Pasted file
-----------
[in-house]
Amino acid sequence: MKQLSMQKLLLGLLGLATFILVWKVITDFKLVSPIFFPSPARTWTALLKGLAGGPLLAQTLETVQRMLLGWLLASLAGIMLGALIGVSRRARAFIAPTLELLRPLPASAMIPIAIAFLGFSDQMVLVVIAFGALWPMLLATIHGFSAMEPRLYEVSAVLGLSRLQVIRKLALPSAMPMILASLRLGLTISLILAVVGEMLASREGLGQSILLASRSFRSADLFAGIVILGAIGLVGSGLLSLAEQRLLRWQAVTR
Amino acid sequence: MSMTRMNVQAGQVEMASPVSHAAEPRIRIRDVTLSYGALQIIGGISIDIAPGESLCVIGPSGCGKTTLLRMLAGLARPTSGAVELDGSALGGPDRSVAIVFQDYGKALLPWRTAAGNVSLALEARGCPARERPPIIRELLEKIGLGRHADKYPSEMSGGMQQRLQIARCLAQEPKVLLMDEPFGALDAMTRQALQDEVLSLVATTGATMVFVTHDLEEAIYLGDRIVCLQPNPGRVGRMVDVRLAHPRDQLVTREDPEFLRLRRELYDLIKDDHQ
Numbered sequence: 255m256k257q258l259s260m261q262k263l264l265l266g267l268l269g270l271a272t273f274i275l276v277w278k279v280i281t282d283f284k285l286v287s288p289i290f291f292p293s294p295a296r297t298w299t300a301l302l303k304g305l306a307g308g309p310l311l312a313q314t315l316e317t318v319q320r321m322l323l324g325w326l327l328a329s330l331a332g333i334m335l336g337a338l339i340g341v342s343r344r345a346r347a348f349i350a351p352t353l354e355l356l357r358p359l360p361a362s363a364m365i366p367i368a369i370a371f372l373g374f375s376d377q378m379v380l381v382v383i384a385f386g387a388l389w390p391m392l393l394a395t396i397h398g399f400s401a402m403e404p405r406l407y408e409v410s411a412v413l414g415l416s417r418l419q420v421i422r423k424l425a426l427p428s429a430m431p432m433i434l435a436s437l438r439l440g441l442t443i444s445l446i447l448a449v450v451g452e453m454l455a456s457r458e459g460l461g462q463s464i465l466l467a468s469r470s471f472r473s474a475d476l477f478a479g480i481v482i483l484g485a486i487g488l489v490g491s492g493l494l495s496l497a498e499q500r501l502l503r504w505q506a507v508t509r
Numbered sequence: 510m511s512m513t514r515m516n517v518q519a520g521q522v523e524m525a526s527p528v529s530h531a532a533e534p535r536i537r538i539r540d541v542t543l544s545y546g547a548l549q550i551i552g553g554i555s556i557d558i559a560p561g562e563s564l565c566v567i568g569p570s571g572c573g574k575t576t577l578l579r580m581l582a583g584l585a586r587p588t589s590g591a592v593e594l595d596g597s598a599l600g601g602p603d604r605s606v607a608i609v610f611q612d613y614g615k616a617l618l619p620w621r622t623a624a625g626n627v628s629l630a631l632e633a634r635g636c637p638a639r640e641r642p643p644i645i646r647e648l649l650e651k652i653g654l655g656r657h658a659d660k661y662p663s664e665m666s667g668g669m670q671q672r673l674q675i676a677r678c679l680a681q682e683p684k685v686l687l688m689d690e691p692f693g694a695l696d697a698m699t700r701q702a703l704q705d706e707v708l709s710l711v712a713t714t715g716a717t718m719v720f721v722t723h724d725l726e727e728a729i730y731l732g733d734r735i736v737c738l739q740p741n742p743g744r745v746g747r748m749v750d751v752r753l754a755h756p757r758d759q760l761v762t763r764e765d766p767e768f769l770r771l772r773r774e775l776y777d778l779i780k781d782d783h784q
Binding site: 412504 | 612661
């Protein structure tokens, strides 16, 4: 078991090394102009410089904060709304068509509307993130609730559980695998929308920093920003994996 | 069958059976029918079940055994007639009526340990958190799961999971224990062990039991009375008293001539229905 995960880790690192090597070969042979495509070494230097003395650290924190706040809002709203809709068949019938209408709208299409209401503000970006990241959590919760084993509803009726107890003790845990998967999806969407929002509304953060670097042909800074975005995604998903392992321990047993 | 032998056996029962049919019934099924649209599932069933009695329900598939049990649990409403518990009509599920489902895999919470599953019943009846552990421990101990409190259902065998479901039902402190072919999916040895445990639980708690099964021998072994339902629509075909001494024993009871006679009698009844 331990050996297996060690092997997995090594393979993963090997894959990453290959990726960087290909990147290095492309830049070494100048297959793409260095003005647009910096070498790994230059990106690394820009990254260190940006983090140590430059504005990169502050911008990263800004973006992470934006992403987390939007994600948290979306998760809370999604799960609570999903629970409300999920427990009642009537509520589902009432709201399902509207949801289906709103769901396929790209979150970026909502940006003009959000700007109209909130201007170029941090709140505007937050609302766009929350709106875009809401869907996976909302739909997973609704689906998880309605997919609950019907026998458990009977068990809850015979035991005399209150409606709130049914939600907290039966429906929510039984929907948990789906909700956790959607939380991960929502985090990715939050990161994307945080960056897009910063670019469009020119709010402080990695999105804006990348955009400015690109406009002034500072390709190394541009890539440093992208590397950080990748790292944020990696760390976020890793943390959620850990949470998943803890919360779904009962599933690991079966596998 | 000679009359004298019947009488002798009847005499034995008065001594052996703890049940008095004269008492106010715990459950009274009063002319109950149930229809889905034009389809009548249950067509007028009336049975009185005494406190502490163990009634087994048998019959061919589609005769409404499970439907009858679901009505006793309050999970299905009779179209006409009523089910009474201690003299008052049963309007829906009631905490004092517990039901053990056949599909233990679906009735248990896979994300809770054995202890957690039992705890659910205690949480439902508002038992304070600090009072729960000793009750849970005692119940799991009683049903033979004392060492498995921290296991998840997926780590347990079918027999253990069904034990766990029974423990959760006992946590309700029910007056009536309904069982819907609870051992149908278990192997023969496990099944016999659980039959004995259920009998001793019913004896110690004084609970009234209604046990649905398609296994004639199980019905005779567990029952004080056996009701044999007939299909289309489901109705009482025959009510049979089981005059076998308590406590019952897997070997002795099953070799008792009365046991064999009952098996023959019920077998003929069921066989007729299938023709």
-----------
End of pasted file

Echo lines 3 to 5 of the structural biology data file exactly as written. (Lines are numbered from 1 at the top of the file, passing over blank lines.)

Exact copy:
Amino acid sequence: MSMTRMNVQAGQVEMASPVSHAAEPRIRIRDVTLSYGALQIIGGISIDIAPGESLCVIGPSGCGKTTLLRMLAGLARPTSGAVELDGSALGGPDRSVAIVFQDYGKALLPWRTAAGNVSLALEARGCPARERPPIIRELLEKIGLGRHADKYPSEMSGGMQQRLQIARCLAQEPKVLLMDEPFGALDAMTRQALQDEVLSLVATTGATMVFVTHDLEEAIYLGDRIVCLQPNPGRVGRMVDVRLAHPRDQLVTREDPEFLRLRRELYDLIKDDHQ
Numbered sequence: 255m256k257q258l259s260m261q262k263l264l265l266g267l268l269g270l271a272t273f274i275l276v277w278k279v280i281t282d283f284k285l286v287s288p289i290f291f292p293s294p295a296r297t298w299t300a301l302l303k304g305l306a307g308g309p310l311l312a313q314t315l316e317t318v319q320r321m322l323l324g325w326l327l328a329s330l331a332g333i334m335l336g337a338l339i340g341v342s343r344r345a346r347a348f349i350a351p352t353l354e355l356l357r358p359l360p361a362s363a364m365i366p367i368a369i370a371f372l373g374f375s376d377q378m379v380l381v382v383i384a385f386g387a388l389w390p391m392l393l394a395t396i397h398g399f400s401a402m403e404p405r406l407y408e409v410s411a412v413l414g415l416s417r418l419q420v421i422r423k424l425a426l427p428s429a430m431p432m433i434l435a436s437l438r439l440g441l442t443i444s445l446i447l448a449v450v451g452e453m454l455a456s457r458e459g460l461g462q463s464i465l466l467a468s469r470s471f472r473s474a475d476l477f478a479g480i481v482i483l484g485a486i487g488l489v490g491s492g493l494l495s496l497a498e499q500r501l502l503r504w505q506a507v508t509r
Numbered sequence: 510m511s512m513t514r515m516n517v518q519a520g521q522v523e524m525a526s527p528v529s530h531a532a533e534p535r536i537r538i539r540d541v542t543l544s545y546g547a548l549q550i551i552g553g554i555s556i557d558i559a560p561g562e563s564l565c566v567i568g569p570s571g572c573g574k575t576t577l578l579r580m581l582a583g584l585a586r587p588t589s590g591a592v593e594l595d596g597s598a599l600g601g602p603d604r605s606v607a608i609v610f611q612d613y614g615k616a617l618l619p620w621r622t623a624a625g626n627v628s629l630a631l632e633a634r635g636c637p638a639r640e641r642p643p644i645i646r647e648l649l650e651k652i653g654l655g656r657h658a659d660k661y662p663s664e665m666s667g668g669m670q671q672r673l674q675i676a677r678c679l680a681q682e683p684k685v686l687l688m689d690e691p692f693g694a695l696d697a698m699t700r701q702a703l704q705d706e707v708l709s710l711v712a713t714t715g716a717t718m719v720f721v722t723h724d725l726e727e728a729i730y731l732g733d734r735i736v737c738l739q740p741n742p743g744r745v746g747r748m749v750d751v752r753l754a755h756p757r758d759q760l761v762t763r764e765d766p767e768f769l770r771l772r773r774e775l776y777d778l779i780k781d782d783h784q